Determine the primitives of $ f:(0,\infty )\rightarrow \mathbb{R},f(x)=\frac{\sqrt{[x]}+\sqrt{\left \{ x \right \}}}{\sqrt{x}} $ , where $ \left \{ x \right \} $ represents the fractional part and $ [x] $, the floor of $ x $.

I didn't find a suitable method to integrate the function.

  • $\begingroup$ Honestly, I don't even know how to start it. I didn't find a suitable method to integrate the function. $\endgroup$ – ztefelina Dec 13 '16 at 21:51

Hint 1: When dealing with the floor function, it is often useful to check how it behaves on intervals where the floor function is constant. Also notice that $\{x\} = x-[x]$. So for $x\in [n,n+1)$, $n \in \mathbb{N}$ we have $[x] = n$ and the function simplifies to $$ f(x) = \frac{\sqrt{n}+\sqrt{x-n}}{\sqrt{x}}. $$ Then you want to integrate $$\int f(x)\,dx=\int \frac{\sqrt{n}+\sqrt{x-n}}{\sqrt{x}}\,dx = \sqrt{n}\int\frac{1}{\sqrt{x}}\,dx+\int\sqrt{1-\frac{n}{x}}\,dx$$

and use the fact that $(0,\infty)$ is union of all such intervals $[n,n+1)$ (excluding $0$).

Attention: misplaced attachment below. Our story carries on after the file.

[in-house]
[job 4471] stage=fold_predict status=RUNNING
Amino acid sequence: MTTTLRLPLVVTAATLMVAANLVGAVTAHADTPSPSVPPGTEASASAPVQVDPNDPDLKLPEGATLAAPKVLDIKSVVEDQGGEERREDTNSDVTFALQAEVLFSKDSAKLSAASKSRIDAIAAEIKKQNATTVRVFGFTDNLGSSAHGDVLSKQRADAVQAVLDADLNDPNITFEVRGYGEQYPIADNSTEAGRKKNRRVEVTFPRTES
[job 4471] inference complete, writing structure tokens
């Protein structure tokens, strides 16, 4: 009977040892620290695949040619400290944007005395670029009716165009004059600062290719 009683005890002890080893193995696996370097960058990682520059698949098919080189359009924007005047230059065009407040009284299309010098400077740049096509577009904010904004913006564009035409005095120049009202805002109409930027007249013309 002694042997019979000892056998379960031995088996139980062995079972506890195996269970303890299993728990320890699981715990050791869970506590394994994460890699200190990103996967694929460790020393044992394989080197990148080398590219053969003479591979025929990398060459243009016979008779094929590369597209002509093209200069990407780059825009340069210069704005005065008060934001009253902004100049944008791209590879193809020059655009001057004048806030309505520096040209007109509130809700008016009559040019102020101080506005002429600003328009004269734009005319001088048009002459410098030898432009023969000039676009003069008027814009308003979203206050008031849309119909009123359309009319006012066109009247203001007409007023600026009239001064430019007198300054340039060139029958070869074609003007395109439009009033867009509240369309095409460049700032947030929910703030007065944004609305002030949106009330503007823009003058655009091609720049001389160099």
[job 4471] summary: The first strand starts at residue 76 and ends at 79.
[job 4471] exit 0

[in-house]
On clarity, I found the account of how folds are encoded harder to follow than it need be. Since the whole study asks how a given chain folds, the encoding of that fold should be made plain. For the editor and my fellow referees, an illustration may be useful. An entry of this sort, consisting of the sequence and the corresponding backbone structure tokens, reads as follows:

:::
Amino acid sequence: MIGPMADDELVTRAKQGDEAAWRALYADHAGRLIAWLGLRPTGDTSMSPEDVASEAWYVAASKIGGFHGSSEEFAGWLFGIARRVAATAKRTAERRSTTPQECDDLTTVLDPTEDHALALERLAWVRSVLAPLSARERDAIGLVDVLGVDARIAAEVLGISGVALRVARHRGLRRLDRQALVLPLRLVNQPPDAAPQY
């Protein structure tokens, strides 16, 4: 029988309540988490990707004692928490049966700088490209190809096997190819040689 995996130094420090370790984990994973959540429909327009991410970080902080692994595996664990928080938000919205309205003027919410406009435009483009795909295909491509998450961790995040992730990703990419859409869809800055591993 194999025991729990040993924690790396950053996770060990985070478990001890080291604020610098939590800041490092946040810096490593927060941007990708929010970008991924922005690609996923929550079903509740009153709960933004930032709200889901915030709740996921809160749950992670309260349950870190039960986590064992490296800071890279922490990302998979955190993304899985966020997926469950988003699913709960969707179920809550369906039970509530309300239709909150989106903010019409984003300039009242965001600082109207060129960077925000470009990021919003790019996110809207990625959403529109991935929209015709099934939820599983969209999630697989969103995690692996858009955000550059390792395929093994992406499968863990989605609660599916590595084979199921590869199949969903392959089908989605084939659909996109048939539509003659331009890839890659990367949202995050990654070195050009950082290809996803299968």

Hint 2: The second integral in the expression above is a bit tricky. Consider case $n=1$ and substitution $t^2=1-\frac{1}{x}$. Then you have $x \in [1,2)$ and $t\in \left[0,\frac{1}{\sqrt{2}}\right)$. You can write \begin{align} x&=\frac{1}{1-t^2}\\ dx&=\frac{2t}{(1-t^2)^2}dt \end{align} Finally plugging this into the integral $$ \int\sqrt{1-\frac{1}{x}}\,dx = \int \frac{2t^2}{(1-t^2)^2}\,dt $$ and you should be able to solve this using parcial fractions (be careful with the signs, especially because $t-1< 0$). You can generalize this to a generic $n$, it will just get messy.

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